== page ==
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Every investor would love to stumble upon the perfect stock. But will you ever really find a stock that provides everything you could possibly want?
One thing's for sure: You'll never discover truly great investments unless you actively look for them. Let's discuss the ideal qualities of a perfect stock, then decide if Continental Resources (NYSE: CLR ) fits the bill.
The quest for perfection
Stocks that look great based on one factor may prove horrible elsewhere, making due diligence a crucial part of your investing research. The best stocks excel in many different areas, including these important factors:
- Growth. Expanding businesses show healthy revenue growth. While past growth is no guarantee that revenue will keep rising, it's certainly a better sign than a stagnant top line.
- Margins. Higher sales mean nothing if a company can't produce profits from them. Strong margins ensure that company can turn revenue into profit.
- Balance sheet. At debt-laden companies, banks and bondholders compete with shareholders for management's attention. Companies with strong balance sheets don't have to worry about the distraction of debt.
- Money-making opportunities. Return on equity helps measure how well a company is finding opportunities to turn its resources into profitable business endeavors.
- Valuation. You can't afford to pay too much for even the best companies. By using normalized figures, you can see how a stock's simple earnings multiple fits into a longer-term context.
- Dividends. For tangible proof of profits, a check to shareholders every three months can't be beat. Companies with solid dividends and strong commitments to increasing payouts treat shareholders well.
With those factors in mind, let's take a closer look at Continental Resources.
What We Want to See
Pass or Fail?
|Growth||5-year annual revenue growth > 15%||31.4%||Pass|
|1-year revenue growth > 12%||63.0%||Pass|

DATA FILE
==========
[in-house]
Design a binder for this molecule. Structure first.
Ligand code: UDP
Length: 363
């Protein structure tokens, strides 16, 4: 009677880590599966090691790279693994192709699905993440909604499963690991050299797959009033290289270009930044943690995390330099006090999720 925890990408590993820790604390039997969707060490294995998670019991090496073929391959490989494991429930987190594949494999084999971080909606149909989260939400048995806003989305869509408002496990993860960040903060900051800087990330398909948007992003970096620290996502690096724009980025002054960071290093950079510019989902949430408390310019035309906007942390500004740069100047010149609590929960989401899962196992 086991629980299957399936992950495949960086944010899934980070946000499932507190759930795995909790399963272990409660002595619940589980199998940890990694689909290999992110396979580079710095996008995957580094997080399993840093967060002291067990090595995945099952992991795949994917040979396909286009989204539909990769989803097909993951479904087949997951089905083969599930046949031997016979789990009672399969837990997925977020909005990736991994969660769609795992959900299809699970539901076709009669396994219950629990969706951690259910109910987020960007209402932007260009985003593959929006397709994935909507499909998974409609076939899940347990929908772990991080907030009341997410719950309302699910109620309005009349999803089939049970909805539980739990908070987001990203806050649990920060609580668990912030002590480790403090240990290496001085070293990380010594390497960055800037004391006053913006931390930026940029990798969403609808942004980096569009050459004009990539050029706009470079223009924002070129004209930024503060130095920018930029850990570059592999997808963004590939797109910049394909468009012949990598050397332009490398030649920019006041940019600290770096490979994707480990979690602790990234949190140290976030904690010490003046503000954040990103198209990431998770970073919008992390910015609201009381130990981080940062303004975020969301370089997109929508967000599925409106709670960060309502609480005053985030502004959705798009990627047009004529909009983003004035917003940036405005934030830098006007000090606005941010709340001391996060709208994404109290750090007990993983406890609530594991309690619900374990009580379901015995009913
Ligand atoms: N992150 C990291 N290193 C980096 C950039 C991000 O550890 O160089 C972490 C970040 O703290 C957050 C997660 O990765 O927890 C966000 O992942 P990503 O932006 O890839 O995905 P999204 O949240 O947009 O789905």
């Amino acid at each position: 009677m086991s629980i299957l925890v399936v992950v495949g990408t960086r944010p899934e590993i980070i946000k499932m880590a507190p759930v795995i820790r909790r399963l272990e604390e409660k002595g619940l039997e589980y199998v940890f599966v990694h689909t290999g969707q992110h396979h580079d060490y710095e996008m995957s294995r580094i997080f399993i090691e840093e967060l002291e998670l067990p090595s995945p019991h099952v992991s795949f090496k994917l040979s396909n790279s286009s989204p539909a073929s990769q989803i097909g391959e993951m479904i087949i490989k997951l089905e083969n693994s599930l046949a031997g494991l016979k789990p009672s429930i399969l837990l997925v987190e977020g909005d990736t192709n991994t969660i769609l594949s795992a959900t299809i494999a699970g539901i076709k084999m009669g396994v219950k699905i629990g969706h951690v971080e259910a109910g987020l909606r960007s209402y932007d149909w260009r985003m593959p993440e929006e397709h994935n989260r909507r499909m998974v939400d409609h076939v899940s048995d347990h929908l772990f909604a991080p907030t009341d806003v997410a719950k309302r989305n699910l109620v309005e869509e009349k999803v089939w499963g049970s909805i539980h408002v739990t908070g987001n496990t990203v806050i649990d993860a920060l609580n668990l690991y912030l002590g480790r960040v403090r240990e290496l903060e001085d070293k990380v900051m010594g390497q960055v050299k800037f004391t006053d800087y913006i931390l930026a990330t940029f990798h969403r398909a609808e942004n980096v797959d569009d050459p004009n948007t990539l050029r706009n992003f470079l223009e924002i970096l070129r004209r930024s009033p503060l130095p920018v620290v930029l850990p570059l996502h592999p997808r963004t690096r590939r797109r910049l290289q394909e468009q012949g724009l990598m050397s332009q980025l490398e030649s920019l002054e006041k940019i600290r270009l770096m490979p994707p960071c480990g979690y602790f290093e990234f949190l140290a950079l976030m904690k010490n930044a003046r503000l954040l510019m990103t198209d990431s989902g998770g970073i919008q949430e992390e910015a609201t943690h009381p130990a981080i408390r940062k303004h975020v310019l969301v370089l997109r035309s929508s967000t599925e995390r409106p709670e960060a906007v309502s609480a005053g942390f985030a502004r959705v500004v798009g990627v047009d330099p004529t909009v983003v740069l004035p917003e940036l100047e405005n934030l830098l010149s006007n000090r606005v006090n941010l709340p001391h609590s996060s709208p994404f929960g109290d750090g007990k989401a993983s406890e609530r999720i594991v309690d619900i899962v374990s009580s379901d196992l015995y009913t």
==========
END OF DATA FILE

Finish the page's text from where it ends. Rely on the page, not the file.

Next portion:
|Margins||Gross margin > 35%||81.7%||Pass|
|Net margin > 15%||39.2%||Pass|
|Balance sheet||Debt to equity < 50%||80.8%||Fail|
|Current ratio > 1.3||0.86||Fail|
|Opportunities||Return on equity > 15%||33.6%||Pass|
|Valuation||Normalized P/E < 20||17.34||Pass|
|Dividends||Current yield > 2%||0%||Fail|
|5-year dividend growth > 10%||0%||Fail|
|Total score||6 out of 10|
Source: S&P Capital IQ. Total score = number of passes.
Since we looked at Continental Resources last year, the company has picked up two points. With margins and return on equity rising, the company looks more attractively valued on an earnings-multiple basis even after a 50% gain for the stock.
Among oil and gas exploration and production companies, Continental was definitely in the right place at the right time. With the largest land position in the Bakken shale play of North Dakota and eastern Montana, Continental has become one of the top 10 petroleum liquids producers in the nation. That's been an extremely important focus lately, as more natural-gas-focused companies Chesapeake Energy (NYSE: CHK ) and Encana (NYSE: ECA ) have struggled to shift more of their production from gas to oil and liquids, whose prices are much more attractive.
More recently, the stock has given back some ground as crude oil prices have fallen. But CEO Harold Hamm still expects big production increases, with a 40% jump this year helping the company reach its goal of tripling production levels within five years.
Still, everyone seems to believe the Bakken has huge potential. Kodiak Oil & Gas (NYSE: KOG ) has benefited from reducing open space between wells, a technique that has worked well for EOG Resources (NYSE: EOG ) and other competitors in helping to maximize production while minimizing costs. With even healthier margins than Kodiak, Continental is already showing how cost controls can boost profits.
For Continental to improve, it needs to focus on its balance sheet. Debt has risen somewhat recently, but as the company makes the most of its Bakken assets, it should be able to keep debt under control and eventually start paying a dividend. That could make the stock look even better in the near future.
No stock is a sure thing, but some stocks are a lot closer to perfect than others. By looking for the perfect stock, you'll go a long way toward improving your investing prowess and learning how to separate out the best investments from the rest.
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